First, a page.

De facto couples embroiled in property disputes could be pushed to the back of a long waiting list at the WA Family Court because of a lack of funding for the ever-increasing workload, Chief Judge Stephen Thackray has warned.
The rising number of cases involving property settlement disputes between de facto couples and a failure to fund the jurisdiction since it was set up in 2002 have been highlighted by Justice Thackray in the court's 2010-2011 annual review.
"All requests to government for additional resources to allow the court to manage the de facto property jurisdiction have thus far proven unsuccessful," Justice Thackray said in the review, which was published yesterday
"Unless resources are made available to deal with this jurisdiction, it may become necessary to give priority to matters for which funding has been provided."
The report reveals de facto cases account for 25 per cent of applications to the court seeking property orders. De facto cases also accounted for 14 per cent of trial days last financial year, compared with 6.5 per cent in 2006-2007.
At the end of June last year, the average time to trial in the court was 99 weeks, but statistics given to _The West Australian _last week show the delay at the end of March was 102.5 weeks. The report said a significant factor in the delay was the court taking on the de facto property jurisdiction 10 years ago without any increase in judicial resources.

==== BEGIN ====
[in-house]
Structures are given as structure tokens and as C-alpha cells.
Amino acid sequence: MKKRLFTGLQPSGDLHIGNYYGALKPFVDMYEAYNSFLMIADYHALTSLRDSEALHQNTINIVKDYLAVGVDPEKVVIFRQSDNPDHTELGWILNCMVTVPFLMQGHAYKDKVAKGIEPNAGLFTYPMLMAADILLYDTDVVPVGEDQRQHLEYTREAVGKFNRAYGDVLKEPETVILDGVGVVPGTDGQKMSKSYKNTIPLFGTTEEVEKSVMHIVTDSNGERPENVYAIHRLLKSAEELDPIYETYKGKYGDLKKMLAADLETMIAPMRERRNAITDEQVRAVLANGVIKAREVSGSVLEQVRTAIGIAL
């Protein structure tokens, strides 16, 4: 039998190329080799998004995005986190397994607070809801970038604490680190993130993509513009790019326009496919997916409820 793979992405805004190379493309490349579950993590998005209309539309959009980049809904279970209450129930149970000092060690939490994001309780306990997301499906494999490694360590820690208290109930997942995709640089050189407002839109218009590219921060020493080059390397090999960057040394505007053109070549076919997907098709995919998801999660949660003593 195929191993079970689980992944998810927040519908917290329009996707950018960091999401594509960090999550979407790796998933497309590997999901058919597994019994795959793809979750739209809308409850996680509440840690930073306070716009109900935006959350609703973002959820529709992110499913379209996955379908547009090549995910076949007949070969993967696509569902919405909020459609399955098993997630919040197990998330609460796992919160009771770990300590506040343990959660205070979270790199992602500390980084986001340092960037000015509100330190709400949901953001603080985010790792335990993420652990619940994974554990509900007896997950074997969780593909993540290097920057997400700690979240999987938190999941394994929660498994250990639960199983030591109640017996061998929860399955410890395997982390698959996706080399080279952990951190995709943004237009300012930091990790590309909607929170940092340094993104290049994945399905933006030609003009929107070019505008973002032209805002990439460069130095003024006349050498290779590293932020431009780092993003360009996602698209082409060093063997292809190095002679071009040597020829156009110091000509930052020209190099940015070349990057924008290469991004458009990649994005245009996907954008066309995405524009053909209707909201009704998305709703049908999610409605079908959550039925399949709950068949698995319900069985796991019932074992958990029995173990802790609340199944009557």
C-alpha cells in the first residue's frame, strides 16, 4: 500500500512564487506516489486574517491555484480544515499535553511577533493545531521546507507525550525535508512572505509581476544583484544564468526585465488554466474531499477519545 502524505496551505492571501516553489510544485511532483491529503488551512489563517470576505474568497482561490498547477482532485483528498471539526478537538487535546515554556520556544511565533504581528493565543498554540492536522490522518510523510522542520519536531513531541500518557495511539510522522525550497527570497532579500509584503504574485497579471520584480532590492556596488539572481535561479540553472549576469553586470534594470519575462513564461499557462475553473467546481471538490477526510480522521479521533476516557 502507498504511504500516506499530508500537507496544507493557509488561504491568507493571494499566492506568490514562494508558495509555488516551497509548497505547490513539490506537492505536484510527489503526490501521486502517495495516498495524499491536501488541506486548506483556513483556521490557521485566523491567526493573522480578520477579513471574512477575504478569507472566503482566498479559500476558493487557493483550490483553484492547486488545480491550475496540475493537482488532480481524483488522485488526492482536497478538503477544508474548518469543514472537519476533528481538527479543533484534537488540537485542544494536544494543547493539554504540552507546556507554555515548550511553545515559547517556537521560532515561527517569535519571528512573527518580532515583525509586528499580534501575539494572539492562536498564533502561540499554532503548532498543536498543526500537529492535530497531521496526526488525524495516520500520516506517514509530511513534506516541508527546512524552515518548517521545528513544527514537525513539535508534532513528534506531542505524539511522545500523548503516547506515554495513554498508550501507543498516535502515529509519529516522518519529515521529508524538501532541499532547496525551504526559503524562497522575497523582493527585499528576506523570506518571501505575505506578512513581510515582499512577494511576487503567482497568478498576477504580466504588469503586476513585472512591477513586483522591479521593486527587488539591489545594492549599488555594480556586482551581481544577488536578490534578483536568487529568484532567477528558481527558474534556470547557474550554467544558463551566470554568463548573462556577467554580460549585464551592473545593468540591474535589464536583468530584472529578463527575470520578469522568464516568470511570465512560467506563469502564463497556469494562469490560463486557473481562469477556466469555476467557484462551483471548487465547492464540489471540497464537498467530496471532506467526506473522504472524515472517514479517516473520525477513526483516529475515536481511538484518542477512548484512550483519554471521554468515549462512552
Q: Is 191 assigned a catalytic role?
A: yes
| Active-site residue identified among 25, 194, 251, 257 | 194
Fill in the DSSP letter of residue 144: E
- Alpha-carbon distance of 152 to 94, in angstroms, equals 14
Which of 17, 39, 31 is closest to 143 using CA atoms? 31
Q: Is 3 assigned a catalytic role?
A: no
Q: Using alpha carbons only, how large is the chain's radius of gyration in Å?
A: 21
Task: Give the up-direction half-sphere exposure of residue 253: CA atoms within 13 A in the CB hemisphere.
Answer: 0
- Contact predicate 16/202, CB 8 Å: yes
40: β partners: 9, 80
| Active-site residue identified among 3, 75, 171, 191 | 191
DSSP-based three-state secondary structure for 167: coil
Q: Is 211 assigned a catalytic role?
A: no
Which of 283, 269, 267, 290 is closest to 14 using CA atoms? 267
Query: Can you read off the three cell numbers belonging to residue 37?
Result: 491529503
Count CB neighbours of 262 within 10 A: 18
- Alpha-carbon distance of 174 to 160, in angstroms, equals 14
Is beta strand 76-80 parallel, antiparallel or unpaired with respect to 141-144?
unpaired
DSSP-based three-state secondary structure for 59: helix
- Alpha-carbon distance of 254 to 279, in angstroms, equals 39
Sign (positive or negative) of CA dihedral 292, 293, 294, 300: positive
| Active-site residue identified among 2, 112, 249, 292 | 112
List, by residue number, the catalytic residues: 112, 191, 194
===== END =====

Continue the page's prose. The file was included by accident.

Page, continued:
A spokeswoman for Federal Attorney-General Nicola Roxon said all other States had referred their powers for de facto cases to the Commonwealth but WA chose to maintain a separate court so it was a State funding responsibility.
But Mr Porter said Family Court funding was overwhelmingly the responsibility of the Commonwealth, despite WA retaining power for de facto matters.
"The Commonwealth is starving the WA Family Court of funding as a means of trying to get WA to abolish its separate family law jurisdiction," he said. "We are trying to help the court as part of the Budget in the de facto area and announcements will be made shortly."